Many people may think that low-water gardening and edible plants are mutually exclusive. However, some of the tastiest culinary herbs are perennials that can find a home in your water-wise landscaping. So don’t just grow herbs in your vegetable garden, mix them into your perennial beds. While some of the culinary herbs need more water than extremely xeric plants, some of the best and most popular herbs are fairly drought tolerant, thriving in Colorado’s front-range climate.
Thyme is one commonly used herb that is fantastic when fresh. Even if you don’t intend to cook with fresh thyme, just picking a fresh sprig to crush in your hands, releasing the wonderful aroma, is reason enough to grow this versatile and hardy herb. Lemon thyme (Thymus citriodorus) is a great addition to cooked fish or chicken.
Lavender is one classic herb that loves Colorado’s growing conditions if you amend the soil to make it well-drained. Lavender is not commonly used in most American kitchens, but can be part of some amazing deserts and drinks. The best varieties for Colorado are Lavandula angustifolia ‘Hidcote’, Lavandula angustifolia ‘Munstead’ and Lavandula x intermedia ‘Provence.’
Oregano is perhaps one of the easiest herbs to grow in Colorado. In fact I’ve found that some varieties area so easily grown that they can become invasive due to their ability to re-seed. As with many herbs, some oregano varieties are better suited for cooking than others.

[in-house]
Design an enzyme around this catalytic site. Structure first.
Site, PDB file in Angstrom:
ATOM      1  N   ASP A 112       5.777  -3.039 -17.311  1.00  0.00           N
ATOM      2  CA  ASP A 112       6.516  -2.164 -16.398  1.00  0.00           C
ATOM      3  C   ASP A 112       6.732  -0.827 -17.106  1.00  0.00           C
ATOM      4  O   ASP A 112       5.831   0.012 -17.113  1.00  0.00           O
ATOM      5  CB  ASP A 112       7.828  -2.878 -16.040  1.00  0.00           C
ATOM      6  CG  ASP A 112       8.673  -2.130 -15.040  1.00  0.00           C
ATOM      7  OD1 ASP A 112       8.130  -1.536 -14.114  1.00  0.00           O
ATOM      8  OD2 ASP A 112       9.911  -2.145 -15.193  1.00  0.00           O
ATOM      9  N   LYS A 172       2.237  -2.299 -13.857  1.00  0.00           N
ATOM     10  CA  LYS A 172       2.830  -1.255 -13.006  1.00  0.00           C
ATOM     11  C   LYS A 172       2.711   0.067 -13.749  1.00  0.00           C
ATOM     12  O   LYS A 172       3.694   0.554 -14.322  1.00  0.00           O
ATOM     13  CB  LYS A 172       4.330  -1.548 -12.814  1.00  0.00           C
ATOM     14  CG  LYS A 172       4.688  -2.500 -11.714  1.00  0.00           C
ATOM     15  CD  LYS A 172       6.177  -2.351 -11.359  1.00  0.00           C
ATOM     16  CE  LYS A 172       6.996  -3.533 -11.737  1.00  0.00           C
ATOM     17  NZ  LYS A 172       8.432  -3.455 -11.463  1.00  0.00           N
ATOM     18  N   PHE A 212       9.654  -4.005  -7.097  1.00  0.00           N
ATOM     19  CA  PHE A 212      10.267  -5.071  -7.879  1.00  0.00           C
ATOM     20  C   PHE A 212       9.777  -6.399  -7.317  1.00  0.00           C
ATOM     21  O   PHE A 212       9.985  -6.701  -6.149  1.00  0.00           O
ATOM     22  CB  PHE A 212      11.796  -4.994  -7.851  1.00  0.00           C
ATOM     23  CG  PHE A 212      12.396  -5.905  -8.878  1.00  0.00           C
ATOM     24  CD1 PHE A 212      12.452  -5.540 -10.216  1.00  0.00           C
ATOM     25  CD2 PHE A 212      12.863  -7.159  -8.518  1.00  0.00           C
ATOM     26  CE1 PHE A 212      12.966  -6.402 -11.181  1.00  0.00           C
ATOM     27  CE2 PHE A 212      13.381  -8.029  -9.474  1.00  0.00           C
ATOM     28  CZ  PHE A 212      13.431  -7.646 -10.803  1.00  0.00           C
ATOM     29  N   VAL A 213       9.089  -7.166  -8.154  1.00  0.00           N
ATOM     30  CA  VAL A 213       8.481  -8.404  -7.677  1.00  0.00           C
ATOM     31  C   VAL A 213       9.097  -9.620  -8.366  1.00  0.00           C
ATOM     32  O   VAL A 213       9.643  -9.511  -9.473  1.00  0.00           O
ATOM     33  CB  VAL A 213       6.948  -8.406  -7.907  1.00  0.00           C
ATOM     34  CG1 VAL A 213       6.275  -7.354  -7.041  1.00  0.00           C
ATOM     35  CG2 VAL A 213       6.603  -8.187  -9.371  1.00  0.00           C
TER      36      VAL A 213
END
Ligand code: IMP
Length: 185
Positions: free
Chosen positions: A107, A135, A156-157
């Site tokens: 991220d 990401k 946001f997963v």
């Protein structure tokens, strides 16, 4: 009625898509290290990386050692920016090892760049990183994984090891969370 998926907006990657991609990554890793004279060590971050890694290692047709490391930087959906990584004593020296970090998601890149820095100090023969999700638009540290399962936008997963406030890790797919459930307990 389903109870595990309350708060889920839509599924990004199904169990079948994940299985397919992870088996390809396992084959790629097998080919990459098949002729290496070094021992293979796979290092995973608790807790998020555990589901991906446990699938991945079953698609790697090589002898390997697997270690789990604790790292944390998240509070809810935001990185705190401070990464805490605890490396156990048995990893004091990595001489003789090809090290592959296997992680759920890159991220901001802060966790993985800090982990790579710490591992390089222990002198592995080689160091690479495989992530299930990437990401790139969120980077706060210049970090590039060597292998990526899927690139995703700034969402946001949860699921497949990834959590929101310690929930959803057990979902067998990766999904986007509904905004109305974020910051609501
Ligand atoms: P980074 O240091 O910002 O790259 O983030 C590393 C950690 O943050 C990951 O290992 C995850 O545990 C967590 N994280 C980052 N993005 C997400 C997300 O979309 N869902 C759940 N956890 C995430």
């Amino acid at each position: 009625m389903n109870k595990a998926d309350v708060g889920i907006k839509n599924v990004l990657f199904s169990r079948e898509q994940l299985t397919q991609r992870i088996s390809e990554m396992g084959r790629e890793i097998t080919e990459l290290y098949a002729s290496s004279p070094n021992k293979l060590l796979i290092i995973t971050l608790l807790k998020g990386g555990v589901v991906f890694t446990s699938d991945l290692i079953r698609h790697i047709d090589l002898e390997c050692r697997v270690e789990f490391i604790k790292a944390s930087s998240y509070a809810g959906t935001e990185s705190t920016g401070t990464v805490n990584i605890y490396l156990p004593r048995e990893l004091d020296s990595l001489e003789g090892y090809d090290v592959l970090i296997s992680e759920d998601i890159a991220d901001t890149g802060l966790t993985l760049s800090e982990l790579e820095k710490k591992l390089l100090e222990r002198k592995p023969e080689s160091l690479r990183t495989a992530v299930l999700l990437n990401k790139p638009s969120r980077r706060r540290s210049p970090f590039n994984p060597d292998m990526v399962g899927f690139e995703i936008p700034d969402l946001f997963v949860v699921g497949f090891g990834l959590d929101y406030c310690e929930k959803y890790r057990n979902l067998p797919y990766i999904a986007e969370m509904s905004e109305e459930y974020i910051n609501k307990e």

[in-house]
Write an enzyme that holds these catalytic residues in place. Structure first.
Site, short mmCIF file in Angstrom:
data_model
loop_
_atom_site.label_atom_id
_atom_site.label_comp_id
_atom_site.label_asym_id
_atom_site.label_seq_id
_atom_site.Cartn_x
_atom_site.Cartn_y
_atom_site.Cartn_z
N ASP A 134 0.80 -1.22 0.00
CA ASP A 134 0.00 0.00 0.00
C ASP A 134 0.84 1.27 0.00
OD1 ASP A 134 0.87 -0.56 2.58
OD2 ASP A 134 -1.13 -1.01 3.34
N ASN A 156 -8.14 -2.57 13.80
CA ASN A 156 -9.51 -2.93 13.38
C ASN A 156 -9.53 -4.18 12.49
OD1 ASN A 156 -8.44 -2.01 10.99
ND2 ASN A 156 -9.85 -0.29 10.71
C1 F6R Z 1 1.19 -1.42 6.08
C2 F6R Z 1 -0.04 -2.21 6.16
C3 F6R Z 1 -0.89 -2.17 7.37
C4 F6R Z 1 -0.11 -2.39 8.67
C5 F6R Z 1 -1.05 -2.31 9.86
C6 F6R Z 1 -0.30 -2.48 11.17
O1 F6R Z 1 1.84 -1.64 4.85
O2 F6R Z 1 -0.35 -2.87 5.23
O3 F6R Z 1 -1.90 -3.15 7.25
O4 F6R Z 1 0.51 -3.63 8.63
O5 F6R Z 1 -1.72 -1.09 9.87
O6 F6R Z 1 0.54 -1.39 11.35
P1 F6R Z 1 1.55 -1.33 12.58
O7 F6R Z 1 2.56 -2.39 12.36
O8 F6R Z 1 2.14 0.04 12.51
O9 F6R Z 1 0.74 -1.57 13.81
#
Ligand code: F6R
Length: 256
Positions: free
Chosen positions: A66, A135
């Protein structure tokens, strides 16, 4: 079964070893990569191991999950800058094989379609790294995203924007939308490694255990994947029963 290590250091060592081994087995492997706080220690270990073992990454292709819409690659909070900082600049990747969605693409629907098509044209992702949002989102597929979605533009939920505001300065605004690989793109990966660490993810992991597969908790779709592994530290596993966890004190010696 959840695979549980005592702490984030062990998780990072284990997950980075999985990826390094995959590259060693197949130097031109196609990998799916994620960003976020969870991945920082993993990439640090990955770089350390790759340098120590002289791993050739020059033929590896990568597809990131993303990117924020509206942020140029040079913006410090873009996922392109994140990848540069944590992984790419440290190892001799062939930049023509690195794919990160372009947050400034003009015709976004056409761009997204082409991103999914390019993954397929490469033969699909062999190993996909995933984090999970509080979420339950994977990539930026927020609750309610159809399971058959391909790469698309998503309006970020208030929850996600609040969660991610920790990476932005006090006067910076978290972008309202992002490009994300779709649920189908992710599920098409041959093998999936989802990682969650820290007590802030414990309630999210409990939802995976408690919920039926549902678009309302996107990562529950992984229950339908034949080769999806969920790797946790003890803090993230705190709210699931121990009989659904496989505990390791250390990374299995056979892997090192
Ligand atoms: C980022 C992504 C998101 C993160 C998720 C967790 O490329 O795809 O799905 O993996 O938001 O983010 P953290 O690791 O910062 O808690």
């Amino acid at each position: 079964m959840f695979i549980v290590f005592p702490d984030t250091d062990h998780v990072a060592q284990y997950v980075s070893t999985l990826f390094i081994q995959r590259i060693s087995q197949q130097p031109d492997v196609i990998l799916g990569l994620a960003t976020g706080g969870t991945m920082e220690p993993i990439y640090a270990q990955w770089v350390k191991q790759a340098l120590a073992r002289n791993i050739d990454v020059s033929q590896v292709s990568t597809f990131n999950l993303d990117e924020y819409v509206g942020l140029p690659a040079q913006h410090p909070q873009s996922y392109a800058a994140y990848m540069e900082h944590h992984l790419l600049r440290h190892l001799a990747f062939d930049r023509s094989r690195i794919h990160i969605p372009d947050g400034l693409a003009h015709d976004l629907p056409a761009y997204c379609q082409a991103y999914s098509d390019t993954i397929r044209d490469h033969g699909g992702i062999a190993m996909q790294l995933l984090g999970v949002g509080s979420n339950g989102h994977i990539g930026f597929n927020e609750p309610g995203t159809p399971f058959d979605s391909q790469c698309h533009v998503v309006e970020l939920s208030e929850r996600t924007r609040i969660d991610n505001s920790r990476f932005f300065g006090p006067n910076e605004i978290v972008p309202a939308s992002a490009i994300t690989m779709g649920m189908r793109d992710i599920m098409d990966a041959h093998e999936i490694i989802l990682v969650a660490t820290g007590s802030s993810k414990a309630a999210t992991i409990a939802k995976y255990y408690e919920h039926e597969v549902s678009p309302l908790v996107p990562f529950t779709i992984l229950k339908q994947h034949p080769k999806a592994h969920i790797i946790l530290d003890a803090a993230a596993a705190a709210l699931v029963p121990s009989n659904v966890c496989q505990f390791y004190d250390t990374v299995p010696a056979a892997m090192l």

Culinary sage (Salvia officinalis) is more shrub like than the above listed herbs. As with the other herbs (most of which are in the Mint family) culinary sage produces gorgeous flowers that bees and other pollinators go crazy for. Culinary sage’s flowers are a gorgeous purple, blooming profusely in early summer. As with thyme, you may be familiar with its dried version, but fresh sage is much better.
A less drought tolerant group of herbs but that are still hardy and a nice addition to small pockets in flower beds are the chives. Regular chives and garlic chives are easy to grow and provide edible leaves and flowers. Toss in some fresh chive blossoms to your next breakfast egg dish, and you’ve turned an ordinary dish into something extraordinary.
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